Your Achilles tendon is the springy band of tissue located above your heel at the back of your ankle. This tendon happens to be the largest tendon within your body. Injuring this area of your body isn’t at all uncommon. In fact, injuries can happen not only to athletes but also in everyday life. The following information will outline the symptoms, causes, risk factors, and treatments of this common yet painful condition:
Types of Achilles Tendon Injuries
The Achilles tendon injury can be mild or moderate. The tendon can be completely ruptured or partially torn in addition to other problematic conditions that can negatively impact this area of your body.
Achilles Tendon Rupture or Tear
A rupture or tear can occur when you overstretch the tendon. It can tear partially or completely. It often occurs to people who play recreational sports, but it can happen to anyone. You might hear a pop sound when the tendon ruptures, which will be followed by immediate pain in the lower leg and back of ankle. It will likely severely limit your mobility.
Symptoms of Achilles Tendon Rupture:
- Snapping or popping sound at the time of injury (as mentioned above).
- An inability to lift up on your toes.
- An inability to push off or bend the foot downward.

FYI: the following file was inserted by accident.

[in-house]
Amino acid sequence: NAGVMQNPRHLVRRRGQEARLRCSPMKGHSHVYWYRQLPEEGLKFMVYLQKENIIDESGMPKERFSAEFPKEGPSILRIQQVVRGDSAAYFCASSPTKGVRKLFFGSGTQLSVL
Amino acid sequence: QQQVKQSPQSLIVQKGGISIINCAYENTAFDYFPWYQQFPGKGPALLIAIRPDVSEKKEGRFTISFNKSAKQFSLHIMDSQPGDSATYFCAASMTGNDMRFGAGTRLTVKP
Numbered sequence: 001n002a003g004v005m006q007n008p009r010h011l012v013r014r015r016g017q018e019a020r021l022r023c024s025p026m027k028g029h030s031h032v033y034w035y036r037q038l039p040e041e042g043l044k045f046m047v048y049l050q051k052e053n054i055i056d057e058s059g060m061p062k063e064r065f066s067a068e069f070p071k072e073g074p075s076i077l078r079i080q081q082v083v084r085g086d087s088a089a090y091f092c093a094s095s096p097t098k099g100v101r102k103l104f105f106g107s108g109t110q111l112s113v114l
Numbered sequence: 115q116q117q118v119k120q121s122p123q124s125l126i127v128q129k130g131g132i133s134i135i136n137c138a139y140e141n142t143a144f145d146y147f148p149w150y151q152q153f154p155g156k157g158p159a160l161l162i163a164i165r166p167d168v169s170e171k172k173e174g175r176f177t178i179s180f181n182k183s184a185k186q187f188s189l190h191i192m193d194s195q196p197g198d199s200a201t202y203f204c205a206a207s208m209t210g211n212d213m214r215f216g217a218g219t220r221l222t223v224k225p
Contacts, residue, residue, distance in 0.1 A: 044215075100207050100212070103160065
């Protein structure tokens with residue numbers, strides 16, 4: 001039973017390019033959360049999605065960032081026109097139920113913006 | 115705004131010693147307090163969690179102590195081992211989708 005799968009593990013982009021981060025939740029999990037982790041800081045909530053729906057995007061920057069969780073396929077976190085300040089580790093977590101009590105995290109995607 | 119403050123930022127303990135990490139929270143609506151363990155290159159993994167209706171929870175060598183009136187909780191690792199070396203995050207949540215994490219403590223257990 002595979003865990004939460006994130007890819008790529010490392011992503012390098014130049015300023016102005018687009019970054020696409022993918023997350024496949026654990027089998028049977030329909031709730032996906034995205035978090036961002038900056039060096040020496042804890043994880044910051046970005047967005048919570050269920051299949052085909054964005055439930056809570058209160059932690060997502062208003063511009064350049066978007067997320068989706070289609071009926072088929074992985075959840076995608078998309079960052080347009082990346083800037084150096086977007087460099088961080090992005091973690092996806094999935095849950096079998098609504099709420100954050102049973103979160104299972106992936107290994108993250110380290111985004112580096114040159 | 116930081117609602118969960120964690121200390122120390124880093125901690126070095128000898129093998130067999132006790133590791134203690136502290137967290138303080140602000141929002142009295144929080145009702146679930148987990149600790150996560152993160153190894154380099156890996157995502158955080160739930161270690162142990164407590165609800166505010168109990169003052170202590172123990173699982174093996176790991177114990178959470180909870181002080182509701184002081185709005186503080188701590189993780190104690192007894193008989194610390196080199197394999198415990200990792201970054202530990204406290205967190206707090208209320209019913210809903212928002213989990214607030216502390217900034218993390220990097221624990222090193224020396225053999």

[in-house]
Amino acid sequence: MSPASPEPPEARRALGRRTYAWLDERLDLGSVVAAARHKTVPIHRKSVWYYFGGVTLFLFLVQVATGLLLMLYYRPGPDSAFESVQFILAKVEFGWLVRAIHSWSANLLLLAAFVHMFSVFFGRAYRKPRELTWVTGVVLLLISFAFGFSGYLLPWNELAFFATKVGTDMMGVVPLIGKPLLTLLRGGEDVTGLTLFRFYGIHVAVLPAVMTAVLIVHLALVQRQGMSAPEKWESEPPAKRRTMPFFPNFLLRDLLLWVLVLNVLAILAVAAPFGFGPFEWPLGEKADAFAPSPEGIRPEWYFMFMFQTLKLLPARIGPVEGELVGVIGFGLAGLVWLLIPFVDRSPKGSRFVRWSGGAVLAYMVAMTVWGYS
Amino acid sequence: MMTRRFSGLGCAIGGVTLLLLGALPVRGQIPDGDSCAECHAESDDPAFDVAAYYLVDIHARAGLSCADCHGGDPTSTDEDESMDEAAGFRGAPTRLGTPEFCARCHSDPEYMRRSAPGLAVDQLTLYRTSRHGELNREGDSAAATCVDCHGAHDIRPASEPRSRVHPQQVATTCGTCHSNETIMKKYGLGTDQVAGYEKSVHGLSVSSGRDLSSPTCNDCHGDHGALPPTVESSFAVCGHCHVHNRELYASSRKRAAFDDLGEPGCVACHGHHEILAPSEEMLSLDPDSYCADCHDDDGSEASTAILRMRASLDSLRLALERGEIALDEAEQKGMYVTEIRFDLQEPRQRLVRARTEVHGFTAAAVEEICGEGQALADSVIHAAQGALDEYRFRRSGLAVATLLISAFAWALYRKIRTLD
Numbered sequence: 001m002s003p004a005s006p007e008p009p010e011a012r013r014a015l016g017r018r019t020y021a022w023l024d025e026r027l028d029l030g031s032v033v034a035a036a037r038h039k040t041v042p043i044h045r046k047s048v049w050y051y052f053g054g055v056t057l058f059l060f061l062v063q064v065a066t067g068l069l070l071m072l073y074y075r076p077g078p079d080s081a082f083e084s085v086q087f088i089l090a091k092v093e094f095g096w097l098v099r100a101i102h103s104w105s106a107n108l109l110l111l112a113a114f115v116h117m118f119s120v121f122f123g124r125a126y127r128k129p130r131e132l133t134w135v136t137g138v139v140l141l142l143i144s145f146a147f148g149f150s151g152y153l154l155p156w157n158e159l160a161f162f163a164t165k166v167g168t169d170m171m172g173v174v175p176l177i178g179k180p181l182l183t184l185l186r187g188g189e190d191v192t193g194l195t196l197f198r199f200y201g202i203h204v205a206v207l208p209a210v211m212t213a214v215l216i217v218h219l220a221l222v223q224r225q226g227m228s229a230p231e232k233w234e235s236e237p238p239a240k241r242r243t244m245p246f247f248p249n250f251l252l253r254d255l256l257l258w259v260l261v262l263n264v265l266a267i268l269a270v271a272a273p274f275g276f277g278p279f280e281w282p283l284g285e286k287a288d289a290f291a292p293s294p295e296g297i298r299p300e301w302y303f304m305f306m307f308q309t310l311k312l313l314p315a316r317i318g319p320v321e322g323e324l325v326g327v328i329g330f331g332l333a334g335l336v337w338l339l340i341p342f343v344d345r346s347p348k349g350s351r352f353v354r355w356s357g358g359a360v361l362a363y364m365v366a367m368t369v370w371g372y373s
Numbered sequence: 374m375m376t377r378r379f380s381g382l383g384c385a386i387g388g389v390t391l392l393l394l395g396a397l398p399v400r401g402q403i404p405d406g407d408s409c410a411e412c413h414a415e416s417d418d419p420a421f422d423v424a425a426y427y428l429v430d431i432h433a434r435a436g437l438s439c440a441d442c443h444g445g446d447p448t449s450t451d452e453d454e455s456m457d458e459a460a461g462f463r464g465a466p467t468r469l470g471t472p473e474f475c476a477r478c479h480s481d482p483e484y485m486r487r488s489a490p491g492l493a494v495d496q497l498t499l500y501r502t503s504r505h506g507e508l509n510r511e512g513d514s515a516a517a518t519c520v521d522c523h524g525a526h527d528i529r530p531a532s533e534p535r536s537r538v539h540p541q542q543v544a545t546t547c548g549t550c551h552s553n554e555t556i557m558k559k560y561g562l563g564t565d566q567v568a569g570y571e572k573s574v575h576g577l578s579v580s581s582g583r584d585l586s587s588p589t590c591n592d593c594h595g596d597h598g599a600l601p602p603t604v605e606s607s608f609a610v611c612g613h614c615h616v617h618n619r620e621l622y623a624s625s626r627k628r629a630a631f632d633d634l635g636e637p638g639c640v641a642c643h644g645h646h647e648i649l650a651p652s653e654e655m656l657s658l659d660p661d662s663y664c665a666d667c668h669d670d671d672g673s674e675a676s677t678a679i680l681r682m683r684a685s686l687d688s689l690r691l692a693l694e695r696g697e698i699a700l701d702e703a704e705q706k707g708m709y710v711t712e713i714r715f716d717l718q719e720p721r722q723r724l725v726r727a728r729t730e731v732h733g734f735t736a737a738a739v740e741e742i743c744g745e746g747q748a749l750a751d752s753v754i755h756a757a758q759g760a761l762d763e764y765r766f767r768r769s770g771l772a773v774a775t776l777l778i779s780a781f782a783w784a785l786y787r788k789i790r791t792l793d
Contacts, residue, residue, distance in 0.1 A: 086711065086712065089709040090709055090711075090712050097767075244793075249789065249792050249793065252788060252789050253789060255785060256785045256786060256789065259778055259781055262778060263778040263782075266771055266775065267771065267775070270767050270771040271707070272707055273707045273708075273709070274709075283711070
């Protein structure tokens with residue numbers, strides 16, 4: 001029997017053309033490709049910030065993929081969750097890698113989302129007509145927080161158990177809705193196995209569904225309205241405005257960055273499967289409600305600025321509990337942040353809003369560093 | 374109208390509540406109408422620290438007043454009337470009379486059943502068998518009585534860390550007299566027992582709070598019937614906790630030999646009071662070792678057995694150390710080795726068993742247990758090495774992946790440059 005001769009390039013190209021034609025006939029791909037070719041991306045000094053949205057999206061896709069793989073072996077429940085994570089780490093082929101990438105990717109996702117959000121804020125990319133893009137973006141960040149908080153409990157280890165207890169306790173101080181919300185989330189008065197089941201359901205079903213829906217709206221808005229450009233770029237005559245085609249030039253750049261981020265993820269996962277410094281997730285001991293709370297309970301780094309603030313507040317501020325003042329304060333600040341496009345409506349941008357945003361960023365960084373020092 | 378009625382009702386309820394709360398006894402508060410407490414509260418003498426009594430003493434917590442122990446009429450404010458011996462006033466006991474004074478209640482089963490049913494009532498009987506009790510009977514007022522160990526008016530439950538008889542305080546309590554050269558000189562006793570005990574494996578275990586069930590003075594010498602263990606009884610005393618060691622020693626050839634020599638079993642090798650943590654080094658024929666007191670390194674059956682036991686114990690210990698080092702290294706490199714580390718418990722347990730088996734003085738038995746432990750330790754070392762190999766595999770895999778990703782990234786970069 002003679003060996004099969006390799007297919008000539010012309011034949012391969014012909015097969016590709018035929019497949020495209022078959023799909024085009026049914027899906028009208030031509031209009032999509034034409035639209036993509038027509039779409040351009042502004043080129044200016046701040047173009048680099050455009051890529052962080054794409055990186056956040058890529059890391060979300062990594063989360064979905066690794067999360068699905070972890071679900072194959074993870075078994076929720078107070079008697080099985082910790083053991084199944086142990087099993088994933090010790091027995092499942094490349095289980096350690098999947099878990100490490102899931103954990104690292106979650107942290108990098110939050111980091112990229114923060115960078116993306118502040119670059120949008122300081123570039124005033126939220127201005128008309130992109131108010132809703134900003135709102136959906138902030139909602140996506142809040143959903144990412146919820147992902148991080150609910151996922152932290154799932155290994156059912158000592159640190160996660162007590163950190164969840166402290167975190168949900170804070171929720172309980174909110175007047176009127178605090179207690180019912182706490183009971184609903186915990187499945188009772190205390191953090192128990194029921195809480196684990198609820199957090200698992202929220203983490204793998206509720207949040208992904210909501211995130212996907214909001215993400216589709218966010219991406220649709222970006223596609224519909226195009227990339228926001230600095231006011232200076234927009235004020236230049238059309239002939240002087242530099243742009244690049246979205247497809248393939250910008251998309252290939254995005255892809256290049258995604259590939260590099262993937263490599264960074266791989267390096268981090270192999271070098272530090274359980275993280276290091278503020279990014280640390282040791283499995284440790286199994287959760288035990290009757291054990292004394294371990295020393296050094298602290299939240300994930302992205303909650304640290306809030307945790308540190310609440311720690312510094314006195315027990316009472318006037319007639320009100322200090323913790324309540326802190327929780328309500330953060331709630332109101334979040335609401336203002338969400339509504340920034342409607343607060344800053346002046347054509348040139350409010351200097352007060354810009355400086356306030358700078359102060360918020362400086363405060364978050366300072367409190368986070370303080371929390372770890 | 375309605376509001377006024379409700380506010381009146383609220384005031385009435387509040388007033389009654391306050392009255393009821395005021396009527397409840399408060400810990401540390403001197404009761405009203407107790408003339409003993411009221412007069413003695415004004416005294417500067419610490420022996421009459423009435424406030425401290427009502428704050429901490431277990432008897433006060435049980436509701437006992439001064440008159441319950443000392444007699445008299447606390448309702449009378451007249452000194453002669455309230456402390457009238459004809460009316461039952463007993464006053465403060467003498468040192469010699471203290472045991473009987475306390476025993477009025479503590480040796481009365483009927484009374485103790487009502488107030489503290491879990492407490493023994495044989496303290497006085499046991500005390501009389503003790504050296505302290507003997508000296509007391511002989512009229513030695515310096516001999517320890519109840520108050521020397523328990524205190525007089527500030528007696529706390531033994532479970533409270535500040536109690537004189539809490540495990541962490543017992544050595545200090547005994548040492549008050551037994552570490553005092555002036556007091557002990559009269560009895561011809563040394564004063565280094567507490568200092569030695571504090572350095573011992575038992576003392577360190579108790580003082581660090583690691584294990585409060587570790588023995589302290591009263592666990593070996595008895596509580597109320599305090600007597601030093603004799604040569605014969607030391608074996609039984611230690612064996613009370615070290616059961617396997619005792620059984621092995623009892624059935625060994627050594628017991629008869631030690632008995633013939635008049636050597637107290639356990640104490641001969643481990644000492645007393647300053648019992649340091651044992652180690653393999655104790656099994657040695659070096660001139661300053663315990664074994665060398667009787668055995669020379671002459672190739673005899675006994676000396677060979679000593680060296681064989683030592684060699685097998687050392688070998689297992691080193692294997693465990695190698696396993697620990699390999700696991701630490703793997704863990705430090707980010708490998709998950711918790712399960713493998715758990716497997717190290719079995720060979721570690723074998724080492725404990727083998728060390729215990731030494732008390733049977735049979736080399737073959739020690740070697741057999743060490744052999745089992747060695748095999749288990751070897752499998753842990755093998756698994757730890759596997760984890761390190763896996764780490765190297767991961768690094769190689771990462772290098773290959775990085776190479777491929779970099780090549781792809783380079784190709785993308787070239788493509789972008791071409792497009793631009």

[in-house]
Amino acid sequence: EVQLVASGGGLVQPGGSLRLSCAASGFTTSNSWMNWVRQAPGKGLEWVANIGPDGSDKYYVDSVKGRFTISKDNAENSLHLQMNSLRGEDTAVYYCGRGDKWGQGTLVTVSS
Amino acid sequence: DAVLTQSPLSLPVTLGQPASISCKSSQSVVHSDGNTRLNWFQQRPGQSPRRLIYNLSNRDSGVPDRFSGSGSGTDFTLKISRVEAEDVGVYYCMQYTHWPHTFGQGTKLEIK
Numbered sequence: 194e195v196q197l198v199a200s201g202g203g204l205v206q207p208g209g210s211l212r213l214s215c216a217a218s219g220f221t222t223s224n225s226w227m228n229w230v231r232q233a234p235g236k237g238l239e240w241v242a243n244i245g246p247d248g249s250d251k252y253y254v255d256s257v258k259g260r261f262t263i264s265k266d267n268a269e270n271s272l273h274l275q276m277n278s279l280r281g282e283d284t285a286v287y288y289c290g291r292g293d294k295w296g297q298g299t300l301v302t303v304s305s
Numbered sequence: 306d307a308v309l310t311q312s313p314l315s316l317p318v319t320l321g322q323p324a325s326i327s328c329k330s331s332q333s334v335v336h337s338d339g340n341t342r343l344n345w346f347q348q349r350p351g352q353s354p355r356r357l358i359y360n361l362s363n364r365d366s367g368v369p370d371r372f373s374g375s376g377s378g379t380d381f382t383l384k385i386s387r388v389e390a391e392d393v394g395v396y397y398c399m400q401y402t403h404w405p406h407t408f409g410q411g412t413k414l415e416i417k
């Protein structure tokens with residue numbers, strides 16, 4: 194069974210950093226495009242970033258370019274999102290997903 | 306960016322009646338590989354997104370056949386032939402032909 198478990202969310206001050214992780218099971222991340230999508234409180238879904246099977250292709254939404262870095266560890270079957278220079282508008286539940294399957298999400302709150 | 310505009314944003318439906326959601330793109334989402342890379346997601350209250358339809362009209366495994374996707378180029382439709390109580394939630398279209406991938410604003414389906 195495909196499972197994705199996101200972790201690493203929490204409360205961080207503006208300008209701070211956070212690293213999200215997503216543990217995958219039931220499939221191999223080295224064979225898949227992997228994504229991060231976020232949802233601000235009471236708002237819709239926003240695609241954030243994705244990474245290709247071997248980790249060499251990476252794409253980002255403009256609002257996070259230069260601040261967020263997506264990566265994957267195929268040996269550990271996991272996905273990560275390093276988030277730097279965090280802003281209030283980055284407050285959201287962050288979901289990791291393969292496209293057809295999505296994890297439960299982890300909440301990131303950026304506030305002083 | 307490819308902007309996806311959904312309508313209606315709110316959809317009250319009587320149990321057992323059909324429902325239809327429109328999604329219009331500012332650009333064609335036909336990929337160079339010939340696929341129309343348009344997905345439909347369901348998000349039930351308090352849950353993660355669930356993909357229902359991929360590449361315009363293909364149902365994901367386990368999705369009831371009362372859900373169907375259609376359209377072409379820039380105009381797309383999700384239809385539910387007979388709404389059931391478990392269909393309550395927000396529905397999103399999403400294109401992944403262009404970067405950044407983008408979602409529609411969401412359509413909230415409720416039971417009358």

- Pain, sometimes bordering severe, as well as swelling in the heel region.
- Feeling like someone kicked you in the calf.
Causes of Achilles Tendon Rupture:
Tendon ruptures are sometimes caused by an increased amount of stress being put on your Achilles tendon. Some examples of the type of activities that can lead to this type of injury are listed below:
- Stepping into a hole.
- Falling from a height.
- Increasing the intensity of your sport. This is especially true in sports that include jumping.
Common Risk Factors For Achilles Tendon Rupture:
- Obesity: When your body is overweight, it can put more strain on all areas, including your tendons, which can cause them to tear easier.
- Antibiotics: Surprisingly, some antibiotics can increase your risk of a tendon rupture. They include the Fluoroquinolone category of antibiotics, such as Levaquin and Cipro.